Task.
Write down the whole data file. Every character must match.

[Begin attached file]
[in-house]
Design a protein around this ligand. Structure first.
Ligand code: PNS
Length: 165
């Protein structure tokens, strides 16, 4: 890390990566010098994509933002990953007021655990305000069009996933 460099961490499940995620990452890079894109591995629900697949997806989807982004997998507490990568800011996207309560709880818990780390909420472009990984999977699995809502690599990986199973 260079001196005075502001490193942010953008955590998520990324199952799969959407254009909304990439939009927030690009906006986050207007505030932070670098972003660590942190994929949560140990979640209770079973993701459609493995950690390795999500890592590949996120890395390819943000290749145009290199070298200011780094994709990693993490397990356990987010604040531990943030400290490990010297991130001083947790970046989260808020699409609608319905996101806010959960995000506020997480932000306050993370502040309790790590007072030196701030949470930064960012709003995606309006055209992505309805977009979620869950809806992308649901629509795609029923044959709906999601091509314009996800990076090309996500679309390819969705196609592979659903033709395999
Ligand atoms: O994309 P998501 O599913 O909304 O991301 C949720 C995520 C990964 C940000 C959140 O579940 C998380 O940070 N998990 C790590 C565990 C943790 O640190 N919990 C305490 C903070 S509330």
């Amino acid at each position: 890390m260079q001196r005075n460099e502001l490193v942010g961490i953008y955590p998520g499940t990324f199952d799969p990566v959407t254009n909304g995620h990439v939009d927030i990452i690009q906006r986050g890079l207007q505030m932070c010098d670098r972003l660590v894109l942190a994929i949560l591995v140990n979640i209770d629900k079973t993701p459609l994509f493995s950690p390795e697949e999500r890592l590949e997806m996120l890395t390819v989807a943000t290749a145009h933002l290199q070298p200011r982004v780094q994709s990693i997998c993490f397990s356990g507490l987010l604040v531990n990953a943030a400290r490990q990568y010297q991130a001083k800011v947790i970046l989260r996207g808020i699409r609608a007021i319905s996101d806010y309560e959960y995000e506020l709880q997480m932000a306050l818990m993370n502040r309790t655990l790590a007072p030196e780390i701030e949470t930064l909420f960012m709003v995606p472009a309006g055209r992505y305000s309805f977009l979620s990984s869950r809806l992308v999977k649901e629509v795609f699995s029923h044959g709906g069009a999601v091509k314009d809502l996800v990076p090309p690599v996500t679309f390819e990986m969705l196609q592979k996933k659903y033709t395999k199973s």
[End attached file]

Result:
[in-house]
Design a protein around this ligand. Structure first.
Ligand code: PNS
Length: 165
């Protein structure tokens, strides 16, 4: 890390990566010098994509933002990953007021655990305000069009996933 460099961490499940995620990452890079894109591995629900697949997806989807982004997998507490990568800011996207309560709880818990780390909420472009990984999977699995809502690599990986199973 260079001196005075502001490193942010953008955590998520990324199952799969959407254009909304990439939009927030690009906006986050207007505030932070670098972003660590942190994929949560140990979640209770079973993701459609493995950690390795999500890592590949996120890395390819943000290749145009290199070298200011780094994709990693993490397990356990987010604040531990943030400290490990010297991130001083947790970046989260808020699409609608319905996101806010959960995000506020997480932000306050993370502040309790790590007072030196701030949470930064960012709003995606309006055209992505309805977009979620869950809806992308649901629509795609029923044959709906999601091509314009996800990076090309996500679309390819969705196609592979659903033709395999
Ligand atoms: O994309 P998501 O599913 O909304 O991301 C949720 C995520 C990964 C940000 C959140 O579940 C998380 O940070 N998990 C790590 C565990 C943790 O640190 N919990 C305490 C903070 S509330």
């Amino acid at each position: 890390m260079q001196r005075n460099e502001l490193v942010g961490i953008y955590p998520g499940t990324f199952d799969p990566v959407t254009n909304g995620h990439v939009d927030i990452i690009q906006r986050g890079l207007q505030m932070c010098d670098r972003l660590v894109l942190a994929i949560l591995v140990n979640i209770d629900k079973t993701p459609l994509f493995s950690p390795e697949e999500r890592l590949e997806m996120l890395t390819v989807a943000t290749a145009h933002l290199q070298p200011r982004v780094q994709s990693i997998c993490f397990s356990g507490l987010l604040v531990n990953a943030a400290r490990q990568y010297q991130a001083k800011v947790i970046l989260r996207g808020i699409r609608a007021i319905s996101d806010y309560e959960y995000e506020l709880q997480m932000a306050l818990m993370n502040r309790t655990l790590a007072p030196e780390i701030e949470t930064l909420f960012m709003v995606p472009a309006g055209r992505y305000s309805f977009l979620s990984s869950r809806l992308v999977k649901e629509v795609f699995s029923h044959g709906g069009a999601v091509k314009d809502l996800v990076p090309p690599v996500t679309f390819e990986m969705l196609q592979k996933k659903y033709t395999k199973s």